- May 2, 2007 at 7:34 pm #6916joymukherji2001Participant
Total posts : 3
I have been experimenting with 7 mhz AM for quite some time now(just for the sake of generating AM at shortwave frequencies).If I modulate final alone I cannot get more than 70-75% modulation depth.So I modulated the oscillator too and now I get 100% but fidelity is not so nice for music and OK for voice.
Can a balanced diode modulator be used to generate AM? I will not match the diodes so there is carrier leakage this way I get pure 100% AM right or there will be some unforseen problem? Anyone ever tried this method on HF?
Thanks in advance for reply…
JOYMay 2, 2007 at 9:08 pm #15490radio8zGuest
Total posts : 45366
Yes and no. A balanced modulator produces the upper and lower sidebands but no carrier. If the carrier can be added to this in the right proportion then an AM wave will result.
One way this is done is to “unbalance” the modulator with a DC bias. So it can be done. The old Drake TR 3 and 4 used this method.
I have experience with an IC that you might find interesting. Try a search on the MC1496 or the LM1496. From the datasheet you will see that this chip can produce a supressed carrier signal. If you look at the test circuit you will see a pot which adjusts the balance. This pot can also be adjusted off balance to give a really good AM signal, linear modulation up to 100%. Keep in mind that this is essentially multiplying the carrier by the audio and in so doing it produces lots of harmonics of the carrier frequency so filtering the output is really important.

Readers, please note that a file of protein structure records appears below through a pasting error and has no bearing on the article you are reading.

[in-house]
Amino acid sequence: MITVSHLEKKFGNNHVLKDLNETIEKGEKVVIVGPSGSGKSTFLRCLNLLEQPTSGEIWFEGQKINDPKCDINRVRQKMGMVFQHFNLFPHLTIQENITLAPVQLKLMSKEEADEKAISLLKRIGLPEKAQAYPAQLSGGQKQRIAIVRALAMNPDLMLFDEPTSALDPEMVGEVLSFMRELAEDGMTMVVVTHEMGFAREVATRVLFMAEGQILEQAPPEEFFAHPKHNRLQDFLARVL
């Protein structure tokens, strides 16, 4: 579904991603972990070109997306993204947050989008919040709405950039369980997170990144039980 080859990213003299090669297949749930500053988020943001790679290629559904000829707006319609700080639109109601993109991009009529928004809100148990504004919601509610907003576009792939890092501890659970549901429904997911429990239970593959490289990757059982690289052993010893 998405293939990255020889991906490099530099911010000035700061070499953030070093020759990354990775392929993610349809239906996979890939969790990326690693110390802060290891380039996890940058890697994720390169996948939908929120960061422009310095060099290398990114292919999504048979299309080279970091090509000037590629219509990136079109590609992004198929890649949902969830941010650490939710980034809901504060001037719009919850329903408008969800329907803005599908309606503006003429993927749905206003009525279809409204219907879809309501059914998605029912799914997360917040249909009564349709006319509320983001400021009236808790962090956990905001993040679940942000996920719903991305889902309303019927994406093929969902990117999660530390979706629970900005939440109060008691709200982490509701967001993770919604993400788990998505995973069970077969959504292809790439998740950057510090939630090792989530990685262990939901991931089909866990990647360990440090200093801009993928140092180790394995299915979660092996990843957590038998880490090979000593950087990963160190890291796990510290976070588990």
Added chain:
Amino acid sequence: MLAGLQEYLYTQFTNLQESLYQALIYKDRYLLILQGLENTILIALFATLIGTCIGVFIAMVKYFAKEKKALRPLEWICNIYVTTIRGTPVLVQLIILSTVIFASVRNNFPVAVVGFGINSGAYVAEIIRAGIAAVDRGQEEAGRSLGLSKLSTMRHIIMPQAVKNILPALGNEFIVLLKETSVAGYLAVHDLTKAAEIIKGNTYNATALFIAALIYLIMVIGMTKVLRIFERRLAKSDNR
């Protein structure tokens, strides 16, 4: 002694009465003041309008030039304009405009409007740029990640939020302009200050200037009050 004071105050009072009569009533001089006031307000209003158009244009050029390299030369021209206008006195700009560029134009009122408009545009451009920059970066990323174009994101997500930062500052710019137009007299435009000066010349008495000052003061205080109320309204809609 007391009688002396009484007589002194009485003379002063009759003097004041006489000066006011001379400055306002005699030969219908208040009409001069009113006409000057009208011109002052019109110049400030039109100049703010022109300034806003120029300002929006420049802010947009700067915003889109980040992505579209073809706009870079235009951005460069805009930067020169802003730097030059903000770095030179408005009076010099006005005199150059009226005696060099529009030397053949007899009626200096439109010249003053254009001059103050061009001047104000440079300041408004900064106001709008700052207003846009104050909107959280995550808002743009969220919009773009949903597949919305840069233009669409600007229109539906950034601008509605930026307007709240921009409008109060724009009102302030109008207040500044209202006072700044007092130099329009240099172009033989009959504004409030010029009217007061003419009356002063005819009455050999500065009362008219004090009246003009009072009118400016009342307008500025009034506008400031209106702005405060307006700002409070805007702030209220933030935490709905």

We used this at a college where I taught electronic communications and it always worked well at BC frequencies. Offhand I don’t know the max frequency but you can find that.
Now the bad news. These chips are no longer produced but if you want to get one to try you can probably find someone who has them from a web search.
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